Ellen Datlow & Terri Windling, The Green Man -- Tales from the Mythic Forest (Viking, 2002)

 

Once in a while, we get a publication that's so good that I as, editor of Green Man, say, 'That's mine, all mine!' The Green Man -- Tales from the Mythic Forest, which I've known about for over a year now, arrived for review today. Like Gollum in The Lord of the Rings (which also has some awesome Green Men in it), I'll say this anthology is so, so preciousssssss, so wonderful that I'm keeping it! Mine, all mine!

Before we actually talk about the contents, let's discuss the design of the book itself. It won't surprise you that I have a strong liking for the Green Man in all of his aspects, as you can see from this Web site, which has the Green Man as its motif, both in name and in graphical form. (Our Green Men were designed by Lahri Bond of Heartsworks Graphics.) And the number of works of music and literature that we've reviewed that have this motif is amazing. Reviews of novels such as Jane Yolen's The Wild Hunt and Charles de Lint's Greenmantle, or music such as Steeleye Span's song 'The Wee Green Man' are clearly speaking of the Green Man, and show that Green Man is truly imbued with His Spirit. Come to think of it, even novels such as Emma Bull's The War for The Oaks are at least in part a riff off this motif!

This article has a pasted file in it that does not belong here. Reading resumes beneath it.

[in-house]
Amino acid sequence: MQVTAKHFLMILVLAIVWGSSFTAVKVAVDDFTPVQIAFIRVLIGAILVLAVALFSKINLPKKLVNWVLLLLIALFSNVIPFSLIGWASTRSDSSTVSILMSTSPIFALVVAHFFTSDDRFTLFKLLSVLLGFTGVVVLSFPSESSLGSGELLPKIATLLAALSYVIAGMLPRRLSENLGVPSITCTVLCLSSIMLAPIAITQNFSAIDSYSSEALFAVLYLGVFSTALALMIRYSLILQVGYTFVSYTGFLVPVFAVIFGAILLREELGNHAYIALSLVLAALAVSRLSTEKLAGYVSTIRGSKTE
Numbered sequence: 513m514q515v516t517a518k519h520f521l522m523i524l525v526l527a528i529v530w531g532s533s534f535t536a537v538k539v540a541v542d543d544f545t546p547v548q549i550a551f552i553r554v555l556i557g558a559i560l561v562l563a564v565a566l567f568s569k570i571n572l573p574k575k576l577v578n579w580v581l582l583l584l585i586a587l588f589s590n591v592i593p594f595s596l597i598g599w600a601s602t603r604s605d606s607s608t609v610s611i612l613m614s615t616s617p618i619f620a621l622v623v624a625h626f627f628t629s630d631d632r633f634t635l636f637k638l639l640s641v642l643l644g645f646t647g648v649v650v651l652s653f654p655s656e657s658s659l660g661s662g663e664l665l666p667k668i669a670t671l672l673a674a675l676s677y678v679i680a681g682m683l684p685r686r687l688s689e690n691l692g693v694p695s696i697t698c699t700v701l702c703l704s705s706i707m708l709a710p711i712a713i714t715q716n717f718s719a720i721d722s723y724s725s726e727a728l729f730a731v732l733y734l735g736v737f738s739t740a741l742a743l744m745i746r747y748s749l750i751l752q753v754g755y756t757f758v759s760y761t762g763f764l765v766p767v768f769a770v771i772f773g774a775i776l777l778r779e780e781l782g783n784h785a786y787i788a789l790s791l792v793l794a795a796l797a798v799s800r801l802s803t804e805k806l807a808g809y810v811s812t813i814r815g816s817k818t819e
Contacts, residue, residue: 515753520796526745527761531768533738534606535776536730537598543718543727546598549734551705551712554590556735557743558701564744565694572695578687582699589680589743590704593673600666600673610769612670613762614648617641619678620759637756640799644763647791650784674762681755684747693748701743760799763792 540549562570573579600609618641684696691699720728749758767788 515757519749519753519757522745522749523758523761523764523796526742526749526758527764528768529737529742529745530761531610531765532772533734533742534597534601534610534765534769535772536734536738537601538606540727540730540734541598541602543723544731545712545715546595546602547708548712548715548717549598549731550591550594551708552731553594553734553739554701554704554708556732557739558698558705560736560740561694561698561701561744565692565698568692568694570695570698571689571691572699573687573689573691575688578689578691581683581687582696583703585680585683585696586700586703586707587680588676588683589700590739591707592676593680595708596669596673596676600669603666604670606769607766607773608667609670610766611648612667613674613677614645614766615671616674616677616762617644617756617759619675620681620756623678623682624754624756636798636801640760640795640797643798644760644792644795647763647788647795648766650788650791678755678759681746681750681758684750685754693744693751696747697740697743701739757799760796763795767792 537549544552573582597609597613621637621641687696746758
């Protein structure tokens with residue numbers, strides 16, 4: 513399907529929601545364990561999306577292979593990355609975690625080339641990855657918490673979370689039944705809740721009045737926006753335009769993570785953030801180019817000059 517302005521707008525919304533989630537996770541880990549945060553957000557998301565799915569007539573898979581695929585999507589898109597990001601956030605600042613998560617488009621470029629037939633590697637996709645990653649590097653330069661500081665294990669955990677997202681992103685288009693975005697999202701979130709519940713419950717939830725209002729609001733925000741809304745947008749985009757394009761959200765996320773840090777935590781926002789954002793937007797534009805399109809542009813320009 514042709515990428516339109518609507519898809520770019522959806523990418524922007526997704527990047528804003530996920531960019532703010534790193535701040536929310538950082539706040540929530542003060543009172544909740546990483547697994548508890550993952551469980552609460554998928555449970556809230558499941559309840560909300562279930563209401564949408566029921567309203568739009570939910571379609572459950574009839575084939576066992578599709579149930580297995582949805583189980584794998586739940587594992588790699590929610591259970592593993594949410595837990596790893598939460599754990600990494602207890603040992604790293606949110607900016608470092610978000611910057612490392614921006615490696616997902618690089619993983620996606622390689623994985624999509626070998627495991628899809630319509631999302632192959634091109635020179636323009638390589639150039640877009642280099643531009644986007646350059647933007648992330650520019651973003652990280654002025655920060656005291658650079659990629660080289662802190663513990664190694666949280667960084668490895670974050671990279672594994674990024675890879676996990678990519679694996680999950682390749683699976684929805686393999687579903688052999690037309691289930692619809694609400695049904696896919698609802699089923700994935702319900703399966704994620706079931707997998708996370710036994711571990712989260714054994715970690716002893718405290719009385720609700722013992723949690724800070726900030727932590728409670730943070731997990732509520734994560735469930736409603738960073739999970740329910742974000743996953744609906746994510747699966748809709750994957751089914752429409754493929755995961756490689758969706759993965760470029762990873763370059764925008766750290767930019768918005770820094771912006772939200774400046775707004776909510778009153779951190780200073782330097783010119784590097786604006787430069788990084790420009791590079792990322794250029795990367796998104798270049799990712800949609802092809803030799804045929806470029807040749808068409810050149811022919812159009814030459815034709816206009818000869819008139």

So it's not surprising that my heart skipped a beat or two when a review copy of The Green Man was personally handed to me earlier today. It's a compact volume, barely 8.5 " by 5.5 ", but a hefty 375 pages in length. Think of it as a box that holds much more than you'd think to look at it -- much, much more. Oh, but it gets even better. All of the artwork is by Charles Vess, a man whose Green Men (and other artwork) is justifiably legendary. His artwork has graced, and I do mean graced, works ranging from the illustrated version of Neil Gaiman's Stardust to the forthcoming Charles de Lint novel, Seven Wild Sisters. I can't do his artwork full justice in words alone, so go visit his superb Web site to see how truly great his art is.

The wrap-around artwork, which naturally has green as its dominant color, features a cover of a wild wood that has a trail running through it that is also a Green Man as illustrated by a face with somewhat scary eyes. The back panel has just the eyes and a bit of the face -- it looks even scarier than the whole face! A simple listing of the contributors to the anthology fills out the back panel. The inside header illustrations by Vess are wonderful, as is the type, and even the cream colored paper is perfect. This is simply one of the best designed books I've ever seen!

(Need I say that Ellen Datlow & Terri Windling are among the finest of editors who ever put together an anthology? From their long-running Year's Best Fantasy & Horror to their series of modern retellings of fairy tales, they will always please the discriminating reader!)